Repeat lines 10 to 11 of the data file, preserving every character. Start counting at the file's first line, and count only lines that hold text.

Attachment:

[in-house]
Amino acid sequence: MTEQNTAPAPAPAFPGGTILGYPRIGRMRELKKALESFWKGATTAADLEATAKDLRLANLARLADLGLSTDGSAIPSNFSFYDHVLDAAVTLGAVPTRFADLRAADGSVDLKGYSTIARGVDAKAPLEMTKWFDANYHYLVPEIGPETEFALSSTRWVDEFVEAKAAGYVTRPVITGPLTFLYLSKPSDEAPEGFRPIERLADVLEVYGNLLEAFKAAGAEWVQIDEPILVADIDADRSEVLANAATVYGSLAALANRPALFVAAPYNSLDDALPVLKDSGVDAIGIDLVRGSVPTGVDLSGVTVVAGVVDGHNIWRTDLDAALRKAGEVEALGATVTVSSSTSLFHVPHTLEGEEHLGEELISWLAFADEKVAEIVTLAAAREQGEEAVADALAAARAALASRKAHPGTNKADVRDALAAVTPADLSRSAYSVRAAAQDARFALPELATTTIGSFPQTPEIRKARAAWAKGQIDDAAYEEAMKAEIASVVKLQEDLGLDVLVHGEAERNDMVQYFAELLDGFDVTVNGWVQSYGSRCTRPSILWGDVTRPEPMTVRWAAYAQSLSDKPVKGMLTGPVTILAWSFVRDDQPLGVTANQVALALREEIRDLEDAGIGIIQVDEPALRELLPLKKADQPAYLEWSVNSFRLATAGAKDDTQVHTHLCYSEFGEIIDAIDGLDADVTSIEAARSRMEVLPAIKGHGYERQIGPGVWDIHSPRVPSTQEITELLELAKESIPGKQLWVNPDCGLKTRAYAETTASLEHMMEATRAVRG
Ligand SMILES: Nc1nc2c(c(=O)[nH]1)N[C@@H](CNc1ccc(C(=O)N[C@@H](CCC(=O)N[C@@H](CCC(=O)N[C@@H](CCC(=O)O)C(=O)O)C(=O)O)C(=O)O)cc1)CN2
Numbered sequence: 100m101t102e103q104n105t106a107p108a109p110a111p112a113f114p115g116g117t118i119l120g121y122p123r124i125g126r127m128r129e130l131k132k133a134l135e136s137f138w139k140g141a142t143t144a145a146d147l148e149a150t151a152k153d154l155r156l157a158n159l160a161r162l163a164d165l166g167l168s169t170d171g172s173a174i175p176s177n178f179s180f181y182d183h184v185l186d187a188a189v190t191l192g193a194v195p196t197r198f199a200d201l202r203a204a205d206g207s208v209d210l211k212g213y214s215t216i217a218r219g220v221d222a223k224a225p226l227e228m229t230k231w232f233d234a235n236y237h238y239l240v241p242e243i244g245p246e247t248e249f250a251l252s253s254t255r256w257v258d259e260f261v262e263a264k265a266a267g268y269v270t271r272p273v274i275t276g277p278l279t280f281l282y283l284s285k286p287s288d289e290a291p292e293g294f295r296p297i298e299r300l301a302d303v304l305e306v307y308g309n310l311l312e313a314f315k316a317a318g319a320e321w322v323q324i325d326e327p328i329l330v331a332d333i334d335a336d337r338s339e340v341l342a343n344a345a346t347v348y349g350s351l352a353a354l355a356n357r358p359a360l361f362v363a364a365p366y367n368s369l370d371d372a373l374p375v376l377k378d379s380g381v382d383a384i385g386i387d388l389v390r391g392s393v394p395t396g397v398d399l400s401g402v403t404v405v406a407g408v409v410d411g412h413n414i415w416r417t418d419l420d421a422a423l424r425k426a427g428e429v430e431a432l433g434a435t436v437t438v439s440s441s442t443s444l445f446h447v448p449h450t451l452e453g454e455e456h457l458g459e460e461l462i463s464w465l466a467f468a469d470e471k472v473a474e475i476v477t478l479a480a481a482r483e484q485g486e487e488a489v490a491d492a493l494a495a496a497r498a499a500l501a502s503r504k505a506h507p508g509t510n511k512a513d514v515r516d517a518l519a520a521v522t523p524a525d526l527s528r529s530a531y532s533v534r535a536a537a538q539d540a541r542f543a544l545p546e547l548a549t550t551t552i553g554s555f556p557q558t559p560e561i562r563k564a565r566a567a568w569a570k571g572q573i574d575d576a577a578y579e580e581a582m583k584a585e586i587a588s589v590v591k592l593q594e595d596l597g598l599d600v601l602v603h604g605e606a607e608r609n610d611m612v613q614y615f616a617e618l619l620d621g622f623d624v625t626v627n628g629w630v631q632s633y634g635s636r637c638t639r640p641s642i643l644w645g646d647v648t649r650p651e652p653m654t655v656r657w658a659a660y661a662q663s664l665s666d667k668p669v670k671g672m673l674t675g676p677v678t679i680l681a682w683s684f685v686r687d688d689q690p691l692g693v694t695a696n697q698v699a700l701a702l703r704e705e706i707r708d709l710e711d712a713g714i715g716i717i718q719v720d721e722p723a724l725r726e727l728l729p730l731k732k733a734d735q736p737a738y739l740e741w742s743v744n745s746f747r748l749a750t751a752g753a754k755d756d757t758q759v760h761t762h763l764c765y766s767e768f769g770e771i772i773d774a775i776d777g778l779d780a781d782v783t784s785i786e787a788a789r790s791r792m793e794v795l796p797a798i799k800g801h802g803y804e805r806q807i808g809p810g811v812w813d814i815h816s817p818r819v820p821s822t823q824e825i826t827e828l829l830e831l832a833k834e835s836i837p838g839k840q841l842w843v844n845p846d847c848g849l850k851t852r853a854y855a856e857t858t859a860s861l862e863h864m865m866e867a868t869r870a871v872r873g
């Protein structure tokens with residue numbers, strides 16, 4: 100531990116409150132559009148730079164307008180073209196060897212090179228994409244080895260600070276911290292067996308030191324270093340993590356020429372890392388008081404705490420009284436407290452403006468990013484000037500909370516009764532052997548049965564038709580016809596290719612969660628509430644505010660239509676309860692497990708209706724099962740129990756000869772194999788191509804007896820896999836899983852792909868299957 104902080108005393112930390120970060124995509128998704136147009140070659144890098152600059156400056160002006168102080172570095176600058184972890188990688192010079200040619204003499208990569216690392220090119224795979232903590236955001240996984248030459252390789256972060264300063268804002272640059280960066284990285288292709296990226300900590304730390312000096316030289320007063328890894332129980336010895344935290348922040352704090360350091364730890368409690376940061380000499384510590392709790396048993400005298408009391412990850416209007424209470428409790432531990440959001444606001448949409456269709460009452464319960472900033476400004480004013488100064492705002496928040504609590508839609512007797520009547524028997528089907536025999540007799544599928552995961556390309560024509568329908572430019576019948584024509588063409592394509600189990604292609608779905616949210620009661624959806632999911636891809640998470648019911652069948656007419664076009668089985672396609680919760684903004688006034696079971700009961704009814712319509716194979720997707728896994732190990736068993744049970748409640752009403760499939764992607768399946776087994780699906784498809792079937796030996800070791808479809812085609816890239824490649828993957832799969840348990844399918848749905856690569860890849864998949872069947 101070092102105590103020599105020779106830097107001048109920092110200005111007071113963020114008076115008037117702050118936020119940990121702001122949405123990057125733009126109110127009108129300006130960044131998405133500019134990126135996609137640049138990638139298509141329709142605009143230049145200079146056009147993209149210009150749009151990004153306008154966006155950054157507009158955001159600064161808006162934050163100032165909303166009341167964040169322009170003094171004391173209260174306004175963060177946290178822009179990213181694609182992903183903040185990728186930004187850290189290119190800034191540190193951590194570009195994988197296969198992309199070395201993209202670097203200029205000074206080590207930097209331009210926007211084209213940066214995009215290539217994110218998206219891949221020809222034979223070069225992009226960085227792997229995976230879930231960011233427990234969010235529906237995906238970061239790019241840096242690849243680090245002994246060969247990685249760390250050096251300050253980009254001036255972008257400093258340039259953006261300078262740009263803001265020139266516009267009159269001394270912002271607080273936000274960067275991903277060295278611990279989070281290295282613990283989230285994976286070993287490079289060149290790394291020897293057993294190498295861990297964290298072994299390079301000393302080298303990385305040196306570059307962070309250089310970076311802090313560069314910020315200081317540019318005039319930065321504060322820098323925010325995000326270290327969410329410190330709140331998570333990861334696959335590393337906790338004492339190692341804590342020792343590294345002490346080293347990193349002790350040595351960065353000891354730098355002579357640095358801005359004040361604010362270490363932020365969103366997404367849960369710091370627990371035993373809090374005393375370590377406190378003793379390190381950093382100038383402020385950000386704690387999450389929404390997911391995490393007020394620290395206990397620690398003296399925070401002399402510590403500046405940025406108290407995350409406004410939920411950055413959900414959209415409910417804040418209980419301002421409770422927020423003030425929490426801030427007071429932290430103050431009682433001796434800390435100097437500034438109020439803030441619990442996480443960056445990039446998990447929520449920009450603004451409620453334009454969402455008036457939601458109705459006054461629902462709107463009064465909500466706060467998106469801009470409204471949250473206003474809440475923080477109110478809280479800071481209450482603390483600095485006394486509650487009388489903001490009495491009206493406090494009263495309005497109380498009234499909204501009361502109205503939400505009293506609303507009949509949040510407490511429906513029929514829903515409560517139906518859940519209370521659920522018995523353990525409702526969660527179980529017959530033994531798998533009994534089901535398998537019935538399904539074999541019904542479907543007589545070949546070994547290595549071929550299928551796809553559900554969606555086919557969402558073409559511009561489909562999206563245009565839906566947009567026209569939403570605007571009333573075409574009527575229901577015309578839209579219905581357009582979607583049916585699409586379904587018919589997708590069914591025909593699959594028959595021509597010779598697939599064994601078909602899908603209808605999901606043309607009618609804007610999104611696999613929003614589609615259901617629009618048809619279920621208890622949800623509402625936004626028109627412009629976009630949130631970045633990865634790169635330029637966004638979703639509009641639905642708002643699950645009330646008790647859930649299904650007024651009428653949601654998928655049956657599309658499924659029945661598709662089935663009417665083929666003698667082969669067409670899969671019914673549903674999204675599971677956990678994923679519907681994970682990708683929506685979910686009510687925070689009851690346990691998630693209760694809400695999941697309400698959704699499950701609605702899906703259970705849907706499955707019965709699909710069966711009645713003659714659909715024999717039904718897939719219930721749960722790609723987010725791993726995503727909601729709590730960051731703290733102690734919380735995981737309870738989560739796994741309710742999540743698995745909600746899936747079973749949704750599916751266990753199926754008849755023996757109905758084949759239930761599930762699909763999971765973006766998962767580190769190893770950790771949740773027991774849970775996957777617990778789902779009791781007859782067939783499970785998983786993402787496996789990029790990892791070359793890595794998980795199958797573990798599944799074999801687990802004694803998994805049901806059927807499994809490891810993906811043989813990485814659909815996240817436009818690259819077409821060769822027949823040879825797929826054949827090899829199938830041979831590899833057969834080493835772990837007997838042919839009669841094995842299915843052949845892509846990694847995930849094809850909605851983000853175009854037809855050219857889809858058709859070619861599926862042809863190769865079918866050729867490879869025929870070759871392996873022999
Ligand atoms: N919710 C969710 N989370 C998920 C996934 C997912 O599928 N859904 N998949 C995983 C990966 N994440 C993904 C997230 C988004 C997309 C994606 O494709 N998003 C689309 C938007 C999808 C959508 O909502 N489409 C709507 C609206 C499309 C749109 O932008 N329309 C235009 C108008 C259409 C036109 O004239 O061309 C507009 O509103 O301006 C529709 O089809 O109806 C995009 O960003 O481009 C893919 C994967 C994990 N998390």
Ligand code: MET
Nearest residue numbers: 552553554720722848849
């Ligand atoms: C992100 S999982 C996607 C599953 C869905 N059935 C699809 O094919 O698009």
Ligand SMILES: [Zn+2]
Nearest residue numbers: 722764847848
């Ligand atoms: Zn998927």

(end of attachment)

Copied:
Ligand SMILES: [Zn+2]
Nearest residue numbers: 722764847848